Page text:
• Local public health agencies may have requirements to follow when developing and implementing a gray water system, so make sure you check with local jurisdictions to fully understand local requirements if you’re interested in your own system.
  • Check out these helpful FAQs for more on how to use gray water safely.

Learn more about water recycling and reuse here and here!  Interested in even more detailed info?  Check out EPA’s 2012 Guidelines for Water Reuse – Chapter 2.4.2.1 focuses on Individual On-site Reuse Systems and Graywater Reuse.

Some handy homeowners have installed diversion systems to reuse their own gray water, particularly in drought-prone and remote areas.  Water reuse also gets larger buildings points in the LEED certification process; buildings like the Solaire residences in New York City use recycled water from the building for toilet flushing, landscape irrigation and cooling towers.  There are even cases where wastewater treatment plants provide their treated water to local businesses for commercial or industrial use, such as Google’s data center in Douglas County, Georgia (check out the video!), irrigating golf courses, and others from a list of reuse projects in New Jersey.

Have you heard of gray water being reused near where you live?  Would you try this at your house?  Always take care to ensure that you are reusing gray water safely, and check with your local health department if you’re not sure.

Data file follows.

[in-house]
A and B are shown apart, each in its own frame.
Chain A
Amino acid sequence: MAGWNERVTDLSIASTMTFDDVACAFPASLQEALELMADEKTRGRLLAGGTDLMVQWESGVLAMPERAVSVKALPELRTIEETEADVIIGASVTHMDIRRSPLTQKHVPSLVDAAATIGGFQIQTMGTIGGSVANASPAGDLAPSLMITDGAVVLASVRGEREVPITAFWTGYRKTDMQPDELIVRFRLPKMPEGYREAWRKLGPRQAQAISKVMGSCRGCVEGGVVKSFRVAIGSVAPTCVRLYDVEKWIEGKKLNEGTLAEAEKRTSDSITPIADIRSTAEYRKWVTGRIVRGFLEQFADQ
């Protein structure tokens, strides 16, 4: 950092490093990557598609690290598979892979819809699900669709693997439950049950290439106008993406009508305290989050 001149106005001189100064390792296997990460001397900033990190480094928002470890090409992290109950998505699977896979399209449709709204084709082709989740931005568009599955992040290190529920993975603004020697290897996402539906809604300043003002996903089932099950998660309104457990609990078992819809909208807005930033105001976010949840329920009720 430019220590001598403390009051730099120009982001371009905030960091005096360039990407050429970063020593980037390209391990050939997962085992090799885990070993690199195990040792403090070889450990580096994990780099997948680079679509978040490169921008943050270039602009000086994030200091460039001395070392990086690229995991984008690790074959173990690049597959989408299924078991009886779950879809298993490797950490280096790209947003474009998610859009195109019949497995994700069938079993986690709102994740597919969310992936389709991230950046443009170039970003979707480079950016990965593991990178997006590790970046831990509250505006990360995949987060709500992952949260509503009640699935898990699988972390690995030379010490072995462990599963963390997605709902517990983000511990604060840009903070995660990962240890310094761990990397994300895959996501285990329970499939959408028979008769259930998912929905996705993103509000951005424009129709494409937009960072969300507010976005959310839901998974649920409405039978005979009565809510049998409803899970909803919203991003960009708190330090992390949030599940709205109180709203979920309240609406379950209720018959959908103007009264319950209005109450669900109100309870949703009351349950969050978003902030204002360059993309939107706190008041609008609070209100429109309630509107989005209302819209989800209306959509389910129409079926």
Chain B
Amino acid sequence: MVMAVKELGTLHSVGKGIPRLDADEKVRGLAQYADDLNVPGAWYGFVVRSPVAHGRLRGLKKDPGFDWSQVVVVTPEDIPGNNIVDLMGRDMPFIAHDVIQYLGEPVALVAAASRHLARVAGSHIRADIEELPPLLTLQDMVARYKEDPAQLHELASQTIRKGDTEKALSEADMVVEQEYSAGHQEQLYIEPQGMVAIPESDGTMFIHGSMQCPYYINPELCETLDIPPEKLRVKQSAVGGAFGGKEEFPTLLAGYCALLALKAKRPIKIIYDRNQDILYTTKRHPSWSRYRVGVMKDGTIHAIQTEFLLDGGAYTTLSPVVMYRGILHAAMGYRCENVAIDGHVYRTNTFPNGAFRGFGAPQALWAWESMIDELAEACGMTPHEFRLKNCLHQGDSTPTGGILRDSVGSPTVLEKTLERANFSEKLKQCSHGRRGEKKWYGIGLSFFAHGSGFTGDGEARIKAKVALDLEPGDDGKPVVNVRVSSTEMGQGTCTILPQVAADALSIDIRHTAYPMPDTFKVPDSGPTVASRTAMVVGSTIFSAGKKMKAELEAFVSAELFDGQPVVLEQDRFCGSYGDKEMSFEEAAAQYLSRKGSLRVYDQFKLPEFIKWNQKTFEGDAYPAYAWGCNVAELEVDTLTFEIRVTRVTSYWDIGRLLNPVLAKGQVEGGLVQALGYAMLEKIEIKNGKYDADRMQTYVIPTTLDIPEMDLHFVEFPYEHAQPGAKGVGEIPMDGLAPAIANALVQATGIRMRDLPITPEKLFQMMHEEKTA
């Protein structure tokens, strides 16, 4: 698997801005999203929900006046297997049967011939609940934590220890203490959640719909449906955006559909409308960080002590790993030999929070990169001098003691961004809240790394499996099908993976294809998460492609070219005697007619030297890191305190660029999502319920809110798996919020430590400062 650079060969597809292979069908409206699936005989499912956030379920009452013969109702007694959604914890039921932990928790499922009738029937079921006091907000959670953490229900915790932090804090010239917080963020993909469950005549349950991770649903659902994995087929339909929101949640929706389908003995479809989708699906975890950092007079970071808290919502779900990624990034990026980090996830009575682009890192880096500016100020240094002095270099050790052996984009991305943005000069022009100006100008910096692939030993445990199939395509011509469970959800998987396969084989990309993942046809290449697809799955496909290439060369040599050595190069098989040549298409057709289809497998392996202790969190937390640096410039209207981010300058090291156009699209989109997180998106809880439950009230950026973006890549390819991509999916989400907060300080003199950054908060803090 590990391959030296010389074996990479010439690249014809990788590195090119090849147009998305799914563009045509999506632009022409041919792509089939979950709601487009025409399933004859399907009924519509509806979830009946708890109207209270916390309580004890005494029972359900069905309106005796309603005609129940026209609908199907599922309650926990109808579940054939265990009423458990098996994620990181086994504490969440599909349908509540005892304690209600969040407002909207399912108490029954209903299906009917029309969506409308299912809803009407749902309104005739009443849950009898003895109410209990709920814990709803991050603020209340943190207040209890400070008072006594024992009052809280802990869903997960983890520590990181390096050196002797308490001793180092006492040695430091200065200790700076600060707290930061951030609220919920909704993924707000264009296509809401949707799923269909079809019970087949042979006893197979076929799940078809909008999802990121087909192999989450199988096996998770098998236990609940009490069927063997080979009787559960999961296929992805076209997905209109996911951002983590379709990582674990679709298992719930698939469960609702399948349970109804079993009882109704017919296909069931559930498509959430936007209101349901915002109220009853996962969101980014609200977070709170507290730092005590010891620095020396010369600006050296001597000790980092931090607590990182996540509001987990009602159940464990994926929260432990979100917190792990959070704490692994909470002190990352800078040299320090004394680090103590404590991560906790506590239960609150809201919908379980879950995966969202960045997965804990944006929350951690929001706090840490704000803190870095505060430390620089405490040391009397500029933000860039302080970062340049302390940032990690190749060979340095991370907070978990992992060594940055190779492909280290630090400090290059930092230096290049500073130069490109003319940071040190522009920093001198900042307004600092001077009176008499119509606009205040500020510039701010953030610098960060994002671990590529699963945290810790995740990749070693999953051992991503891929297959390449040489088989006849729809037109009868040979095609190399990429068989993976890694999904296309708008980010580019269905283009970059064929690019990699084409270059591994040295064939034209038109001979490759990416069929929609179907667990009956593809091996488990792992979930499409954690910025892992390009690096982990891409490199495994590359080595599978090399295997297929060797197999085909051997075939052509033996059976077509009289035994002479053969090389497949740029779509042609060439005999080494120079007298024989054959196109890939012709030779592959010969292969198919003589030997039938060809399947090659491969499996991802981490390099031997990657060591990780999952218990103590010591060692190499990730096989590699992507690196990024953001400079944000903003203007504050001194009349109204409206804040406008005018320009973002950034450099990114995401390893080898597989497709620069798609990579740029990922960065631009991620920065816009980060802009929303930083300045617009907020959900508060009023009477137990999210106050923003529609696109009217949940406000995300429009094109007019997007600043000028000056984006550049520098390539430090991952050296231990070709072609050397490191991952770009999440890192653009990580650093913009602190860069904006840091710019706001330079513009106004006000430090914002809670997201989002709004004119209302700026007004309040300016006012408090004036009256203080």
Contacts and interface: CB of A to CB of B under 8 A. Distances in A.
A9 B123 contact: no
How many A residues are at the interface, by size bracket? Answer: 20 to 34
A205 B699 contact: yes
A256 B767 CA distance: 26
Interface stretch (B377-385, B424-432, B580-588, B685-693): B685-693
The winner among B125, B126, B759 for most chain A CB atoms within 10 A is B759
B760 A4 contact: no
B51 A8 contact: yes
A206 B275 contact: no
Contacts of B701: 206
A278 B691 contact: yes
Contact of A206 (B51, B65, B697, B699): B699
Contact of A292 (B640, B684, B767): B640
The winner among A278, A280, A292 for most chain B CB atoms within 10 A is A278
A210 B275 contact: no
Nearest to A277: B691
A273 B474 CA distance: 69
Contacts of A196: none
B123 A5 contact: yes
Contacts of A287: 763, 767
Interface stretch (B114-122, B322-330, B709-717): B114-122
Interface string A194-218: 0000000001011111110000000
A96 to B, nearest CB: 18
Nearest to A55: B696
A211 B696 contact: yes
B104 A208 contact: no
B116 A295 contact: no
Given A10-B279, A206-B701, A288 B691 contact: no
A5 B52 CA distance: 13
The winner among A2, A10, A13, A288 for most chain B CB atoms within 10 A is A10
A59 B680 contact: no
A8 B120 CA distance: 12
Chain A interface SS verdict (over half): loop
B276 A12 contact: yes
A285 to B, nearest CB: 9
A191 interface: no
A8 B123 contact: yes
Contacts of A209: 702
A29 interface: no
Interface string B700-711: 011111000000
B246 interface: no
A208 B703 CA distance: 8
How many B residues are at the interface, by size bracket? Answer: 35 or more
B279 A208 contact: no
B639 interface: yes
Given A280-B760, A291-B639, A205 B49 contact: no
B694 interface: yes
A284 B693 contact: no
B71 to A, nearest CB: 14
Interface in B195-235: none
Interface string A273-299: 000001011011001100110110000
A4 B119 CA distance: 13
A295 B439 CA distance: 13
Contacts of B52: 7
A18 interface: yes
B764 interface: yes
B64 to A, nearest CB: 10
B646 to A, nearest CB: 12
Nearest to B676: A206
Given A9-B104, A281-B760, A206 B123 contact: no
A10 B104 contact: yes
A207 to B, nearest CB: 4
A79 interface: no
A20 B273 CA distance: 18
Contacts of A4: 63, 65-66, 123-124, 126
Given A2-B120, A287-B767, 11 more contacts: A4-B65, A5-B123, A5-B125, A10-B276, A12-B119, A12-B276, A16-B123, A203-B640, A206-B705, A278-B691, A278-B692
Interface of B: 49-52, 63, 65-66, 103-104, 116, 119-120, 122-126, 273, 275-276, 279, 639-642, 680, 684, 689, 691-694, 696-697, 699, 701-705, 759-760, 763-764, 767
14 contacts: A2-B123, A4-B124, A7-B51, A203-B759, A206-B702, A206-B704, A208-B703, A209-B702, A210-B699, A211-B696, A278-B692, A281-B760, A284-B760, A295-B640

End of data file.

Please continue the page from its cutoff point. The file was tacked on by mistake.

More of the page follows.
Editor's Note: The opinions expressed here are those of the author. They do not reflect EPA policy, endorsement, or action, and EPA does not verify the accuracy or science of the contents of the blog.

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Time Well Spent on a Pier

By Kelly Dulka

While vacationing in Nags Head, NC, I became curious about the pier just a few blocks down the beach and had heard it had an environmental education center, so I decided to check it out.

Jennette’s Pier originally opened in 1939, and changed fishing on the Outer Banks forever.  For more than 60 years, the pier was repaired or rebuilt from time to time due to hurricanes and nor’easters. The NC Aquarium Society bought the pier to develop it into an educational facility. In 2003, Hurricane Isabel knocked down about 540 feet (over half) of the pier, practically shutting down an Outer Banks institution. It then became time to rethink the fishing pier concept, with the aquarium taking the lead to rebuild Jennette’s as an all-concrete, 1,000-foot-long, educational ocean pier.